Tinubu’s administration began on a rather shaky and unpopular note on Monday after he declared that fuel subsidy would be removed by his administration.
The newly inaugurated Nigerian President, Bola Tinubu has resumed his official duties at the Presidential Villa on Tuesday, to commence his four years term in office as the Commander-In-Chief.
Tinubu’s convoy arrived at the State House at precisely 2:35pm on Tuesday.
When President Tinubu arrived at the VIlla, he momentarily paused at the gate to observe a guard of honour, adding a touch of formality to the significant occasion.
Vice President Kashim Shettima, Central Bank of Nigeria (CBN) Governor Godwin Emefiele, Group Chief Executive Officer (GCEO) of NNPC Limited, Mele Kyari, and Dele Alake and James Faleke were among those there to greet the president, Leadership reports.
But Tinubu’s administration began on a rather shaky and unpopular note on Monday after he declared that fuel subsidy would be removed by his administration.
Reporters had reported that some civil society organisations called on Nigerians to reject the fuel subsidy removal by the new administration of Tinubu, as angry reactions continued to trail his declaration on Monday.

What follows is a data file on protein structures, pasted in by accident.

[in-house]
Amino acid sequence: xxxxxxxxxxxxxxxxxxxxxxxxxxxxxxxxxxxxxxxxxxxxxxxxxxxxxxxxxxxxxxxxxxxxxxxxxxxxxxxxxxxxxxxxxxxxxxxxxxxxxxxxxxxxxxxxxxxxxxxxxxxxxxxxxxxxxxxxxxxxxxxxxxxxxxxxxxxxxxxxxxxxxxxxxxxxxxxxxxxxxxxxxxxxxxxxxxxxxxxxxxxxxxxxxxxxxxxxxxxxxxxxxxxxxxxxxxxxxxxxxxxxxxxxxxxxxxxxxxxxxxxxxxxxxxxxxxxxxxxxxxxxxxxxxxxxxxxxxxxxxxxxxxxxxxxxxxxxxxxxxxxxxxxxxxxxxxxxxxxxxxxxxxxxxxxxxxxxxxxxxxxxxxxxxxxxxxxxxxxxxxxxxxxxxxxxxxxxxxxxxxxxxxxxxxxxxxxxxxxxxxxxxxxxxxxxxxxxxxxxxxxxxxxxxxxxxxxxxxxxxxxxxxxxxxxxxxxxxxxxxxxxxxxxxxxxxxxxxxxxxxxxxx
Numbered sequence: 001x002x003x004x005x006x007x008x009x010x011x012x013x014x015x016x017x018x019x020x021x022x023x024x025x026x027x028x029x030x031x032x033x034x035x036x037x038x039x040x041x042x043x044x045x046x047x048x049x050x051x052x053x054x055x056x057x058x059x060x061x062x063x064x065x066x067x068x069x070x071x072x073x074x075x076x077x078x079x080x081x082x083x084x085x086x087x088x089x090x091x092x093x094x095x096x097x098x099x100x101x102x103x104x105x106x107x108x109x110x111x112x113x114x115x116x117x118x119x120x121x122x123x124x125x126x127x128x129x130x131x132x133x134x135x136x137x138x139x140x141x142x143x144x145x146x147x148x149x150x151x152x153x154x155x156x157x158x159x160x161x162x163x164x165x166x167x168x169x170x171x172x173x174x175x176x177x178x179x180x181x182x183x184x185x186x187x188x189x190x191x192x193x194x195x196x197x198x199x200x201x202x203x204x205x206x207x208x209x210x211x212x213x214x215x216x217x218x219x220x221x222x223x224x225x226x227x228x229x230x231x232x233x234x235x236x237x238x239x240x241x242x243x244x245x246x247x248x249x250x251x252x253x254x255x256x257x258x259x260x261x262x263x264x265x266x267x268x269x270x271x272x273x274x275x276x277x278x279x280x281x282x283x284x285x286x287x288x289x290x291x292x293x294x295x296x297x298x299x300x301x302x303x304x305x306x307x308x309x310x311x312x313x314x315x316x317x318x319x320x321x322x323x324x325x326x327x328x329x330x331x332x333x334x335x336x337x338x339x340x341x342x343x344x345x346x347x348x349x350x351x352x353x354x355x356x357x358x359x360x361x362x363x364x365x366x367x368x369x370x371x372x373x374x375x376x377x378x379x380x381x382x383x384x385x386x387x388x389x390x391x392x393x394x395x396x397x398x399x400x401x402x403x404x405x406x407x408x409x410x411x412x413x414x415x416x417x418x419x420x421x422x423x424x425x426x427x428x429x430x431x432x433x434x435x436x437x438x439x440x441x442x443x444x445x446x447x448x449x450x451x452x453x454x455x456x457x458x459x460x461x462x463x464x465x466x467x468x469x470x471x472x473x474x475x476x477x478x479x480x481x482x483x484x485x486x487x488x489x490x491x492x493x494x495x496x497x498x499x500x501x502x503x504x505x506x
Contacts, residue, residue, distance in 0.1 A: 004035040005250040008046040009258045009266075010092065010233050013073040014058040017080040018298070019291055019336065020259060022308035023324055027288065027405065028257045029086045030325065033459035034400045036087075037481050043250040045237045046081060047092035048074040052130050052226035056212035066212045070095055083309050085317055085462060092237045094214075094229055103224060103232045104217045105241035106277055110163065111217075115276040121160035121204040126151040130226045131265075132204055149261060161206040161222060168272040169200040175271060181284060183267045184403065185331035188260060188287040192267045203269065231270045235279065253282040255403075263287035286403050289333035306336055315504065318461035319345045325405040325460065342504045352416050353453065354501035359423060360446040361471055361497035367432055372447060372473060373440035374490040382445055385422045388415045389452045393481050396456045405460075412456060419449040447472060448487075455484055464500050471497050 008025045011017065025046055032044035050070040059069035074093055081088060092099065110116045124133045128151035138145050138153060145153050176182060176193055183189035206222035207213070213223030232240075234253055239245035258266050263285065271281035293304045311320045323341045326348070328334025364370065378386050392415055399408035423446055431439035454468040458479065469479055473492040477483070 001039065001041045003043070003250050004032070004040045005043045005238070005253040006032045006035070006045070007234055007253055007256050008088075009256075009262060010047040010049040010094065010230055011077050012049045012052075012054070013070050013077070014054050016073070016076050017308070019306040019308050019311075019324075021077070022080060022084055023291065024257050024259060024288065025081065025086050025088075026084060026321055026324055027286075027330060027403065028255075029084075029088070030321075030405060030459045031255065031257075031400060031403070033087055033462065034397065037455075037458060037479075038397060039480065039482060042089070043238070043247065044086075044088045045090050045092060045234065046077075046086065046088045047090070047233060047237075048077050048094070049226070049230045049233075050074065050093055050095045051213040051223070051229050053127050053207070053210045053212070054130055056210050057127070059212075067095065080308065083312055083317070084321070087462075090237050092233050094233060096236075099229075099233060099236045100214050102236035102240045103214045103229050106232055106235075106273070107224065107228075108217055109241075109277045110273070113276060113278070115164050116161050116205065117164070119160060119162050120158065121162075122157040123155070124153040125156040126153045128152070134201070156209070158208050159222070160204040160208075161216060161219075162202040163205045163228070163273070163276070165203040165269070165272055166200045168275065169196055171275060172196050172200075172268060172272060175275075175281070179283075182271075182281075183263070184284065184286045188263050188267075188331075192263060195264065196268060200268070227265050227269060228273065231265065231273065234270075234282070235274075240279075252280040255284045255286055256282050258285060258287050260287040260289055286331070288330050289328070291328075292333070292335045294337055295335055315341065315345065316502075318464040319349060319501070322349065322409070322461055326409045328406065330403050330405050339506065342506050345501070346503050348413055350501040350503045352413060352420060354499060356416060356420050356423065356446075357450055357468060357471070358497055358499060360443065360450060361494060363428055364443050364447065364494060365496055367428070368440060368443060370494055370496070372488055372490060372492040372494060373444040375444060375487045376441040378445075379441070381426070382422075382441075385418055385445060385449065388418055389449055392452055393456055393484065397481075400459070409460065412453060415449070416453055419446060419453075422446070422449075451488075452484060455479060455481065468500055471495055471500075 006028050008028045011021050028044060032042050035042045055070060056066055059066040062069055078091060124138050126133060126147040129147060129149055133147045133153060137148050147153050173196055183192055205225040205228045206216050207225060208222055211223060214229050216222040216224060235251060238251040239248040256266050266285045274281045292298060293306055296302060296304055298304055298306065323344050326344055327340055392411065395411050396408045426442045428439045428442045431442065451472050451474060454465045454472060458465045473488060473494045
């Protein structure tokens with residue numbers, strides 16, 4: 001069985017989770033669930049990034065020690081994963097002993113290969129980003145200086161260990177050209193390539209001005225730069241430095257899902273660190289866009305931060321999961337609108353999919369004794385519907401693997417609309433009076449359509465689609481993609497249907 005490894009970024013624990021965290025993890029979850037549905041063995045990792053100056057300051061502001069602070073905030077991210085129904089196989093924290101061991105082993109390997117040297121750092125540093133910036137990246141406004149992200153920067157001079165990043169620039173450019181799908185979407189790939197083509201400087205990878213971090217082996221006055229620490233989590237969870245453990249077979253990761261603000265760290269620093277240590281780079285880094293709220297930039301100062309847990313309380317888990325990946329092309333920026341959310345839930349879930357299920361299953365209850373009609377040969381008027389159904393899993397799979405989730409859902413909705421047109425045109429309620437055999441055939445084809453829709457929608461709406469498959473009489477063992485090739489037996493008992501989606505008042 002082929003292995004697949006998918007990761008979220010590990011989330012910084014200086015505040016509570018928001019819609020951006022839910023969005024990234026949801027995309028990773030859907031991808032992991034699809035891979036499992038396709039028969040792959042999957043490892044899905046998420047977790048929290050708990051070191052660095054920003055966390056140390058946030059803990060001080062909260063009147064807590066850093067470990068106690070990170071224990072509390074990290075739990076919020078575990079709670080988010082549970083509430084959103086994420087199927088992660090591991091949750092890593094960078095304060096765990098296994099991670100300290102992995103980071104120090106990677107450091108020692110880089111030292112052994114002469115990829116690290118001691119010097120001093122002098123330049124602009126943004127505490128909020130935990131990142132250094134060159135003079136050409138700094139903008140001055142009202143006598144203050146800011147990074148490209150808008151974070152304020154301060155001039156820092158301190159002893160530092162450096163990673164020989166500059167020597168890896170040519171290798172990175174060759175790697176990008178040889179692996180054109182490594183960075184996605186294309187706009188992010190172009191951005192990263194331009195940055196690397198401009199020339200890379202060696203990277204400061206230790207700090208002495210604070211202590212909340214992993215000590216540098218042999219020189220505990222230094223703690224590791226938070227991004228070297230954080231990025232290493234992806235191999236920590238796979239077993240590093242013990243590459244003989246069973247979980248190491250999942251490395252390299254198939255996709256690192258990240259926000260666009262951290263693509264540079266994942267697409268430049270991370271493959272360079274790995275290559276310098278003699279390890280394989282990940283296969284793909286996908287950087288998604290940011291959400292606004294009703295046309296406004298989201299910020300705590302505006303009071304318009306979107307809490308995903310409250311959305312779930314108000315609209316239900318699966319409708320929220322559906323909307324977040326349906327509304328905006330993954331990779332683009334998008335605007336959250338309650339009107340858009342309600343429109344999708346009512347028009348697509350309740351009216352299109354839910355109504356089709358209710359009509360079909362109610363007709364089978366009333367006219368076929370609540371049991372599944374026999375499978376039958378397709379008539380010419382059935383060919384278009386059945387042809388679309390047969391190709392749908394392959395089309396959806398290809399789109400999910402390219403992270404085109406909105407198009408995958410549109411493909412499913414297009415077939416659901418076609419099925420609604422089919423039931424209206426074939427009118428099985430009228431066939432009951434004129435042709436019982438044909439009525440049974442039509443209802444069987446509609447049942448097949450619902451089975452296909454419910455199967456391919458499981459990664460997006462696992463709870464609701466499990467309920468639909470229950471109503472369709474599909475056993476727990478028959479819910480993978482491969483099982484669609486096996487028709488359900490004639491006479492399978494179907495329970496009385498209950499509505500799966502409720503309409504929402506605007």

Describing such pronouncement as an anti-poor and neo-liberal policy, they had regretted that President Tinubu was not as vehement and declarative with plans to curb corruption and reduce waste associated with flamboyant cost on governance.
Reports on Monday that shortly after President Tinubu announced the total removal of subsidy on petrol otherwise known as fuel, queues returned in major petrol stations across the country especially in Lagos and Abuja.
Tinubu had in his inaugural speech, stated that “petroleum subsidy is gone”.
Following the pronouncement there was a sharp hike in pump price, triggering commercial transporters to equally hike their trip fares across the country in response to the development.
It had been reported that in Enugu, Lagos, Abuja and many other cities, many filing stations have closed down while few dispensing the product have adjusted their meters from previous N220 to N300 and above per litre. In some hinterlands, pump prices were also adjusted from N280 previously sold to now N360 and above per litre.